On July 16, 2013, in Tampa, Fla., Rashia Wilson, was sentenced to 234 months in prison on wire fraud and aggravated identity theft charges stemming from her scheme to defraud the IRS, and to a consecutive 18 months in prison for being a felon in possession of a firearm. Wilson was also ordered to forfeit $2,240,096, which constituted the proceeds traceable to the offense. According to court documents, from at least April 2009 through their arrests in September 2012, Wilson and her co-conspirator, Maurice J. Larry, engaged in a scheme to defraud the IRS by negotiating fraudulently obtained tax refunds. They did so by receiving U.S. Treasury checks and pre-paid debit cards that were loaded with proceeds derived from filing false and fraudulent federal income tax returns in other persons' names, without those persons’ permission or knowledge. Wilson and Larry filed these false and fraudulent federal income tax returns from multiple locations, including Wilson's residence and hotels in the Tampa area. Wilson, Larry, and others then used these fraudulently obtained tax refunds to make hundreds of thousands of dollars’ worth of retail purchases, to purchase money orders, and to withdraw cash. Larry was sentenced to 174 months in prison and ordered to forfeit $2,240,096.
Woman Sentenced for Running Stolen Identity Tax Fraud Scheme
On July 30, 2013, in St. Louis, Mo., Tania Henderson was sentenced to 144 months in prison and ordered to pay $835,883 in restitution to the IRS. Henderson pleaded guilty on April 29, 2013, to theft of government funds and aggravated identity theft. According to her plea agreement and other court documents, Henderson stole the identities of more than 400 individuals, many of whom were deceased, and filed fraudulent tax returns using their names and Social Security account numbers. Between August and November 2012, Henderson filed 236 fraudulent tax returns. Using a network of family and friends, she would collect refund checks or prepaid debit cards for the refund amounts and liquidate the proceeds of her scheme.
Leaders of Multi-Million Dollar Fraud Ring Sentenced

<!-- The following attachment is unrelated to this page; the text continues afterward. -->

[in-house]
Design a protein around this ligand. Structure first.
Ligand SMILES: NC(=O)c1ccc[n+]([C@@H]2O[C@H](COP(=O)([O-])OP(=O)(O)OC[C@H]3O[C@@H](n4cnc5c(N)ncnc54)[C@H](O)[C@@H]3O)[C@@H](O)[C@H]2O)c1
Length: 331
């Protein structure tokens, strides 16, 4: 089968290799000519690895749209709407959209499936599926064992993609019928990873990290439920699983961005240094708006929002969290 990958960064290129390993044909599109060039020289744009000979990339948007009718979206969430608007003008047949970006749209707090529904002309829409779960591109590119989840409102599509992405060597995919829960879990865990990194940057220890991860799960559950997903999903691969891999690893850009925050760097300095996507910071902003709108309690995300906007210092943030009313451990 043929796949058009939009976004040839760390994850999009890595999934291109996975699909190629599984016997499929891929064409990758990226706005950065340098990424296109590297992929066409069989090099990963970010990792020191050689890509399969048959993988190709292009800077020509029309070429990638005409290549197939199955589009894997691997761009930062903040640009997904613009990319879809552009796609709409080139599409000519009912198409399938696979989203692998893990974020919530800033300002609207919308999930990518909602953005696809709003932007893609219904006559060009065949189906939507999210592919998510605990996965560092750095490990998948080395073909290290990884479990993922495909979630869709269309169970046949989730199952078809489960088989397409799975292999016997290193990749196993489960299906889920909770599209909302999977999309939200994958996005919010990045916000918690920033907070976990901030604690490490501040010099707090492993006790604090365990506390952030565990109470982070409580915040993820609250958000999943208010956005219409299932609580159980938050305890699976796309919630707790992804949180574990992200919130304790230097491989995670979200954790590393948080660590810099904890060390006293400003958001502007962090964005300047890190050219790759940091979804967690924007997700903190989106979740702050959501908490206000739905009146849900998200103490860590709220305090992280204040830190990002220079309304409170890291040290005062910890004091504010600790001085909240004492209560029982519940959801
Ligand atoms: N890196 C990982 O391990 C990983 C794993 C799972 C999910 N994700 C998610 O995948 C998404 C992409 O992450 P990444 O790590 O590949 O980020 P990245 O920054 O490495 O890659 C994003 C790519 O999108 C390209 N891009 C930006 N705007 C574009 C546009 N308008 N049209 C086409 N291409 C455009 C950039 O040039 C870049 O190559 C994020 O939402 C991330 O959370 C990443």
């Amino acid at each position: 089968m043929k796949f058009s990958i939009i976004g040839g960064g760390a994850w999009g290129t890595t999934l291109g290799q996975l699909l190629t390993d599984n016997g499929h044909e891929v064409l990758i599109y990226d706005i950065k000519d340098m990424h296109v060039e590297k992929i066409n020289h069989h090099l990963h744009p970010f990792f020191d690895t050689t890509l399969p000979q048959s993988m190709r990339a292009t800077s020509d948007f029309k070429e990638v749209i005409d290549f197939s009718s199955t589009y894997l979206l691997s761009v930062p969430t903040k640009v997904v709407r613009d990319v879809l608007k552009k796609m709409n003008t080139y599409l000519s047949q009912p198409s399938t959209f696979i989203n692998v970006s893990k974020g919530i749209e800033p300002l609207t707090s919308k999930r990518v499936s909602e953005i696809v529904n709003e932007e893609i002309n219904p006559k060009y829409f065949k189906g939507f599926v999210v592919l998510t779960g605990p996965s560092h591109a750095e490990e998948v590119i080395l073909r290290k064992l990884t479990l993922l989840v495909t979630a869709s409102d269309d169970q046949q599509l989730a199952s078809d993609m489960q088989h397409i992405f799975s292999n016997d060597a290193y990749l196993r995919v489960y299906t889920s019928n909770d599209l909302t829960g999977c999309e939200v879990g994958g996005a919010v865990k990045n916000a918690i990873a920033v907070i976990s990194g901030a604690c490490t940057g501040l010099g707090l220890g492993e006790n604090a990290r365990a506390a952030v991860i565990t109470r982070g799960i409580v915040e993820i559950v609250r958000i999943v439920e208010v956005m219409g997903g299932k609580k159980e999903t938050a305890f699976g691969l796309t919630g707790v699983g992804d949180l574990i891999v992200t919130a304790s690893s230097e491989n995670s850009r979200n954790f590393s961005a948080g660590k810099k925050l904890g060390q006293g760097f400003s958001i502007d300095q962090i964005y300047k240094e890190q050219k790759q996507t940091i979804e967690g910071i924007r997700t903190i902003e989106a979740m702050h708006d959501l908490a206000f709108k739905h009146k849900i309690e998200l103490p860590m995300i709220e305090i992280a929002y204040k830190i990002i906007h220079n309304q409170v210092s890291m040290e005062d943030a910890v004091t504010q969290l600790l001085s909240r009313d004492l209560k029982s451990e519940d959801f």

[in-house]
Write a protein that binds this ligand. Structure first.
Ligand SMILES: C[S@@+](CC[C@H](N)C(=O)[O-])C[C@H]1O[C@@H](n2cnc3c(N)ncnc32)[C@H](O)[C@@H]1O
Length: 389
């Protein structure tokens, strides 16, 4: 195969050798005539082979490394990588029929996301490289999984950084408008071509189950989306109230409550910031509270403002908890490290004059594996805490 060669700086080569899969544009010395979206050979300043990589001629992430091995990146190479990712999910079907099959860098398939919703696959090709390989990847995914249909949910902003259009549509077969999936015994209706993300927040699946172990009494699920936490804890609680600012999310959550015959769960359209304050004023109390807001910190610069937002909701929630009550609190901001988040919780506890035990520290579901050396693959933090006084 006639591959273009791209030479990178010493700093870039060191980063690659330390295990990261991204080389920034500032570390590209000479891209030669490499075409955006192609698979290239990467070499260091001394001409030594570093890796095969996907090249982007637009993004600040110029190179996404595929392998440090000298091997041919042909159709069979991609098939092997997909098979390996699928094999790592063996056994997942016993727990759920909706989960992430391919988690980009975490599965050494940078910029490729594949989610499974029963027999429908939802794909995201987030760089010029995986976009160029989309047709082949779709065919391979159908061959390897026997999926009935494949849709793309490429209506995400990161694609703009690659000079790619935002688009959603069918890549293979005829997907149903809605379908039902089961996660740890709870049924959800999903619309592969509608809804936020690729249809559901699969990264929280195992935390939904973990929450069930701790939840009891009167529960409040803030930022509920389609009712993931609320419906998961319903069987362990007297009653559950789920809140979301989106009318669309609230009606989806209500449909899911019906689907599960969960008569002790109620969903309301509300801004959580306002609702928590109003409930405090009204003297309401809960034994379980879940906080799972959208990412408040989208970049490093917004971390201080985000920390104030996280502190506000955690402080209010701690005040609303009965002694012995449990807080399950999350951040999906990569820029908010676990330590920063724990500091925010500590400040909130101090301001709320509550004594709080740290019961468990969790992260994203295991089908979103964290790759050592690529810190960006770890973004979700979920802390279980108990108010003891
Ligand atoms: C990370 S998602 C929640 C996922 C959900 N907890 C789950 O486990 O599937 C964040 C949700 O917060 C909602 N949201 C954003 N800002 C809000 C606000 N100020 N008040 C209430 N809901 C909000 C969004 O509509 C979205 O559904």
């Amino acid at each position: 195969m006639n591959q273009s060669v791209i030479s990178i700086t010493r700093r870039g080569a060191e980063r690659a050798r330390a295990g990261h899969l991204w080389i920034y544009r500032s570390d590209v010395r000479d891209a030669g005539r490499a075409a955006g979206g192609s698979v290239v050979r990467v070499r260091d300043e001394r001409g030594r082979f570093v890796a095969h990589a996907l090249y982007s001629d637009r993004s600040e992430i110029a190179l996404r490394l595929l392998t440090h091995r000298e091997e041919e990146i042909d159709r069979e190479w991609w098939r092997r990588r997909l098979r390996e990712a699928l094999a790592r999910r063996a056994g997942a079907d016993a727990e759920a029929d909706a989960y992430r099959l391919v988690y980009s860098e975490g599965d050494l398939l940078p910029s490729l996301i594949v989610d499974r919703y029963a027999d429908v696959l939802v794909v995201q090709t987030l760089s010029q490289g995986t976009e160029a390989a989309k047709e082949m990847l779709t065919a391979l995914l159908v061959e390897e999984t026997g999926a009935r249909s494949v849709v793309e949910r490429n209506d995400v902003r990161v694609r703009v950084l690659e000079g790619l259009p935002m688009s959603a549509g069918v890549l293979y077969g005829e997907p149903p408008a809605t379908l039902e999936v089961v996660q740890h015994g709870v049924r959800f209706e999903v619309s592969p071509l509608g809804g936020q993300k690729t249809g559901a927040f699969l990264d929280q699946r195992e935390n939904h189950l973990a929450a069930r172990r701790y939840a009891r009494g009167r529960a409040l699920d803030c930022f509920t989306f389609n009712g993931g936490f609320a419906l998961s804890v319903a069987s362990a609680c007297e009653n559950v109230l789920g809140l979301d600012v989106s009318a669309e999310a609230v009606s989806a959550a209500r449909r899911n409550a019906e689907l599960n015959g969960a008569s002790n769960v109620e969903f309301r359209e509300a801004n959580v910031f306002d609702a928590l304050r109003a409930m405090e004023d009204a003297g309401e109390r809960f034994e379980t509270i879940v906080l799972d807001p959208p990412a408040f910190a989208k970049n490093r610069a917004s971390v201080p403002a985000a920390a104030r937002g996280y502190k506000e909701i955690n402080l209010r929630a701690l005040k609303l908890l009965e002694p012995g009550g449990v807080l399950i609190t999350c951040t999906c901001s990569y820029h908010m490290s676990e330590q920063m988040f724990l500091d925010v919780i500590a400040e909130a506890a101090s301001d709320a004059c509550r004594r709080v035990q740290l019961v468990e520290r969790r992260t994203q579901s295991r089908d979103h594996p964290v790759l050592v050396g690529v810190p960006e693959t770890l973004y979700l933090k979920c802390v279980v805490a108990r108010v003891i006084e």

On May 8, 2012, in Montgomery, Ala., Veronica Dale and Alchico Grant, who jointly ran a stolen identity refund fraud ring that attempted to defraud the United States of millions of dollars over several years, were sentenced to prison. Veronica Dale was sentenced to 334 months in prison and Alchico Grant was sentenced to 310 months in prison. Dale and Grant were both ordered to pay more than $2.8 million in restitution to the IRS. In September 2011, Grant pleaded guilty to five charges from two separate indictments, including conspiracy, wire fraud and aggravated identity theft. In October 2011, Dale pleaded guilty to seven charges from two indictments, including conspiracy, filing false claims, wire fraud and aggravated identity theft. According to court documents, beginning in 2009 and continuing through 2010, the defendants were part of a scheme that involved fraudulently obtaining tax refunds by filing false tax returns using stolen identities. Dale admitted that she filed more than 500 fraudulent returns that sought at least $3,741,908 in tax refunds. These returns were filed using the names of Medicaid beneficiaries, whose personal information Dale obtained while working for a company that serviced Medicaid programs. Dale directed the refunds to different bank accounts that she and other co-conspirators controlled.
The latest information on Identity Theft enforcement efforts and individual cases are available on IRS.gov.